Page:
The new roadmap does not resolve the demand for a mandatory solidarity mechanism to relieve pressure from countries of entry
The new European pact on migration and asylum contains almost everything that Spain did not want and contains almost nothing of what it wanted. The roadmap that will guide migration policy in the EU does not resolve the Spanish demand for a mandatory solidarity mechanism to alleviate pressure from migrant entry countries and imposes new express border procedures that Madrid does not share. The result of nine months of negotiations was foreseeable. Madrid did not hold much hope of seeing its aspirations, rejected by the Eastern and Northern countries, reflected in the new document. It is a minimum proposal that Spain will not reject outright, but neither will it applaud.
The proposal presented this Wednesday in Brussels reflects the pressure from countries such as Hungary and Poland, which refuse to allow cooperation between member states to include asylum seekers in their territories, and reduces solidarity to flexible mechanisms that each state can decide according to your convenience. Partners can choose between relocating migrants, logistically supporting countries with the most migratory pressure, or managing and financing expulsions. This approach, which is one of the pillars of the pact, does not respond to the demands of Madrid that demanded during the negotiations an “equitable distribution” of responsibility and a “mandatory solidarity” based on the relocation of people.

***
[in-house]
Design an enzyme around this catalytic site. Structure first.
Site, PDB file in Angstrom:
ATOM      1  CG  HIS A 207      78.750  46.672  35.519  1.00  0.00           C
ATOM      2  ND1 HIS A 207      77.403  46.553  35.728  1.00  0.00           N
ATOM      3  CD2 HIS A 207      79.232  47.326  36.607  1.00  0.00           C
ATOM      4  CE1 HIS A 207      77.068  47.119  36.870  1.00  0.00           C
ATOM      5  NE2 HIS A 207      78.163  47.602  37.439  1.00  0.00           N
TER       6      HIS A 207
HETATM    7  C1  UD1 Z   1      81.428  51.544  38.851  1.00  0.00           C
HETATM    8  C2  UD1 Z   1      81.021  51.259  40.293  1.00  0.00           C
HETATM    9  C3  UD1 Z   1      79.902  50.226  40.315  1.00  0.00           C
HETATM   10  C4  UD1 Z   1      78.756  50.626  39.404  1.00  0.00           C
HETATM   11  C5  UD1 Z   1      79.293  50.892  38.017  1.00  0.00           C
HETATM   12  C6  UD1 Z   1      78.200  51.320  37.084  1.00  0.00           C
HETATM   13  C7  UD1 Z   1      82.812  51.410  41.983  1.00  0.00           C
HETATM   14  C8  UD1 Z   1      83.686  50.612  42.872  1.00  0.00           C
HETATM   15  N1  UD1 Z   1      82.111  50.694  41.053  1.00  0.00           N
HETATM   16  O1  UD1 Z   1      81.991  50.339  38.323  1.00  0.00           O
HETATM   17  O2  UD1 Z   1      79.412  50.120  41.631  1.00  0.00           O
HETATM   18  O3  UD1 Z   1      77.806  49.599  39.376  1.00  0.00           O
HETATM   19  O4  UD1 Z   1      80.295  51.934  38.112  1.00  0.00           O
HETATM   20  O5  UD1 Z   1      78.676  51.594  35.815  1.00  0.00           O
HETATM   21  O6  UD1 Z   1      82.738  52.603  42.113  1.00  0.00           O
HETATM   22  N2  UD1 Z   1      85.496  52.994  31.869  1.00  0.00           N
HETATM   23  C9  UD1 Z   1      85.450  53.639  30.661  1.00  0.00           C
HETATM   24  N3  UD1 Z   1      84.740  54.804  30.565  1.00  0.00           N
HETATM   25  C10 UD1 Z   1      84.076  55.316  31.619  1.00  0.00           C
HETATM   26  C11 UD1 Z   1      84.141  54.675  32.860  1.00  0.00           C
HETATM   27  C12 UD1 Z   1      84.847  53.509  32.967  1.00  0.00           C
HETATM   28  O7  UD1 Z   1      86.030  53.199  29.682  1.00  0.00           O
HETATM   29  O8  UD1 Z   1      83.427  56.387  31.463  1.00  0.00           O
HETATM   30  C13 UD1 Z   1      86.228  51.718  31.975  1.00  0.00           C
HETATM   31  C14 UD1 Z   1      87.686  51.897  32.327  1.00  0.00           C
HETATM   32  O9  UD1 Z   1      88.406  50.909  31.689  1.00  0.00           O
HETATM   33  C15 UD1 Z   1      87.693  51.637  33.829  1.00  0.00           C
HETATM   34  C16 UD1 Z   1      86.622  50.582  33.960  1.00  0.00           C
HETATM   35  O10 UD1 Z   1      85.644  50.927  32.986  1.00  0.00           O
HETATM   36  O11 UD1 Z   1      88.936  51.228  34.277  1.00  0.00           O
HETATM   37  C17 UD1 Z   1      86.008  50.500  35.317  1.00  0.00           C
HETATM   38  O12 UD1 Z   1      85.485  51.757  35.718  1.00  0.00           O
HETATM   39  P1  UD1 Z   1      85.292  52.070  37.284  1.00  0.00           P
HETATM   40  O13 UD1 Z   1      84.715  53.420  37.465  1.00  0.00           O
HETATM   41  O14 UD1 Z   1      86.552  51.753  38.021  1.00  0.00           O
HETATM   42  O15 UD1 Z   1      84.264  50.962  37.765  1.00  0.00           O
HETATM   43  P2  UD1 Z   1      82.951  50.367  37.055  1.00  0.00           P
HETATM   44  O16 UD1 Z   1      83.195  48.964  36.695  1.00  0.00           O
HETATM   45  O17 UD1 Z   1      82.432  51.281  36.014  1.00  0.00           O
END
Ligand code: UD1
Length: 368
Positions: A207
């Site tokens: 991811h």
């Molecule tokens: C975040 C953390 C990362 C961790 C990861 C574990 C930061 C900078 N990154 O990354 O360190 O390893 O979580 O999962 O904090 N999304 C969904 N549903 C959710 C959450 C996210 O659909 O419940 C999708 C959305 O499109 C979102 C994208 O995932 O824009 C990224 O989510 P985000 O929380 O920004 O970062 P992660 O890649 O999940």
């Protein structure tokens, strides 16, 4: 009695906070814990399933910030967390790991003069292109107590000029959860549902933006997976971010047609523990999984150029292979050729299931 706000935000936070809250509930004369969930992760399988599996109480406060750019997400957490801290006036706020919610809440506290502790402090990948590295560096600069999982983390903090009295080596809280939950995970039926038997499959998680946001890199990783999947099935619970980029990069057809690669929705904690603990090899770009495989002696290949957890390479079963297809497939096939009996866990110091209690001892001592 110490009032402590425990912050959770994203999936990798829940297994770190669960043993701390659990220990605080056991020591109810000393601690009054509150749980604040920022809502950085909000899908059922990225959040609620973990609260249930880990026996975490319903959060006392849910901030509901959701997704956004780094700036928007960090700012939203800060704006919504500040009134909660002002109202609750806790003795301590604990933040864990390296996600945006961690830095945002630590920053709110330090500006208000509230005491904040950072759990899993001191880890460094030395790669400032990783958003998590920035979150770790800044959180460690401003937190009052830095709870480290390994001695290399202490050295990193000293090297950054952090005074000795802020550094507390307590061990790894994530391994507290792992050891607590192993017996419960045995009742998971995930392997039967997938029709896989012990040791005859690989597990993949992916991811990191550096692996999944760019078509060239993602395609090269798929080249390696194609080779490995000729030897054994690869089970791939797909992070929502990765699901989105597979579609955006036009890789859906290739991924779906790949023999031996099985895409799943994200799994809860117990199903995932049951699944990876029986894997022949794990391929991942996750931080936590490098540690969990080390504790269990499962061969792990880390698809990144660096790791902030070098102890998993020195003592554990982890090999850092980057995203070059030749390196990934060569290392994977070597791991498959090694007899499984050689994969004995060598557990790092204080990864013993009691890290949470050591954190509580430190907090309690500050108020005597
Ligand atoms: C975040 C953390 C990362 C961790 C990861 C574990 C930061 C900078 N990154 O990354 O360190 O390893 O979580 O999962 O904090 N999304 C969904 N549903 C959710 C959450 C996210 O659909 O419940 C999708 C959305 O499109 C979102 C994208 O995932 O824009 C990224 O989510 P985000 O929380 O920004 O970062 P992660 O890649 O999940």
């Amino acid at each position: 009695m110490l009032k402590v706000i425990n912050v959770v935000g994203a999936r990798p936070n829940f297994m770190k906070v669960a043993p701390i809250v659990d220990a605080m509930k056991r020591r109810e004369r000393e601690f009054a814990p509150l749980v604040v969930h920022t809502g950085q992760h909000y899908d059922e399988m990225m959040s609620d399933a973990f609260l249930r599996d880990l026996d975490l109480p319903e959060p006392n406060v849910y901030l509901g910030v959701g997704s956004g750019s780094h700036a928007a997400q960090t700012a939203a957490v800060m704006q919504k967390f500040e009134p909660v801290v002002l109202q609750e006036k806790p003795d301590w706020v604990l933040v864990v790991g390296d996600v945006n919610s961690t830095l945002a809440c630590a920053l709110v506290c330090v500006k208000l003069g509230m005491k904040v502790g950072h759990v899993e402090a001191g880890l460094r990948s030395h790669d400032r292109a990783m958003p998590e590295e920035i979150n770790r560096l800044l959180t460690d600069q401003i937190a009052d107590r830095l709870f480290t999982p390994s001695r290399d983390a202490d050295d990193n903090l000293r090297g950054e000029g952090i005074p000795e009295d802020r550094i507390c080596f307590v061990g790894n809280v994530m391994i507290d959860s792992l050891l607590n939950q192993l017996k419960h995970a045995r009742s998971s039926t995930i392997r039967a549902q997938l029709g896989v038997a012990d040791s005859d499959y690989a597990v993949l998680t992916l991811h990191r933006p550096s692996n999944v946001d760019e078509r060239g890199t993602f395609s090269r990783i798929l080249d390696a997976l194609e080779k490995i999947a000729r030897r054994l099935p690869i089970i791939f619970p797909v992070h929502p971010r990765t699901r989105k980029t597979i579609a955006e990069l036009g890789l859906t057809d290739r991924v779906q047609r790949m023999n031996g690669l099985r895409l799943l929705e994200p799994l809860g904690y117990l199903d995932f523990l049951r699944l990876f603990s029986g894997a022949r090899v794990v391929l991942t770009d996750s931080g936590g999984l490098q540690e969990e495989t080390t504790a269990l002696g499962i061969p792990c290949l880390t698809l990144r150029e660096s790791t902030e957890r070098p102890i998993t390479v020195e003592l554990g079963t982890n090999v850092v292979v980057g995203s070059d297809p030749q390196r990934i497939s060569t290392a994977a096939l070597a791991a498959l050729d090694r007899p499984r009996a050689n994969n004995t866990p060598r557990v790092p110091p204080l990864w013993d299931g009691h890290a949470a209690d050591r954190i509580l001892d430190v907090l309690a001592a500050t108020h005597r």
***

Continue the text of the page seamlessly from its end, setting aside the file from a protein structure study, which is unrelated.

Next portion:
Spain did not require fixed quotas for the distribution of migrants, a formula that already failed in 2015 and was discarded from the beginning, but it did require its partners to undertake to welcome part of the asylum seekers who arrive on its shores, taking into account its status as a country of entry for irregular immigration and the responsibility that, unlike other of its partners, it does assume in rescues in the Mediterranean.
The aid of other countries to expel migrants, proposed by the Commission as an effective means of solidarity, does not represent a great change for Spain either, which, despite being slightly below the European average of 32%, maintains a policy of forced return quite oiled. Spain has more than thirty migratory and readmission agreements with third States and cultivates privileged relationships with the countries of origin of the main nationalities –– Morocco and Algeria, especially –– that arrive on its territory. Although, in terms of border control, Spain can take advantage of a community strategy that allocates more funds to the countries of origin, it seems unlikely that Madrid can benefit from the diplomatic muscle of partners that do not maintain relations with the countries of origin of
Furthermore, Madrid was not in favor of trusting the new immigration policy to expedite the forced return of immigrants, as the proposal has finally reflected. For the Spanish authorities, who have been promoting cooperation policies with African States since 2006, expulsions are a weak tool if a true relationship of trust is not worked out and they are first-hand witnesses of the difficulty in achieving it.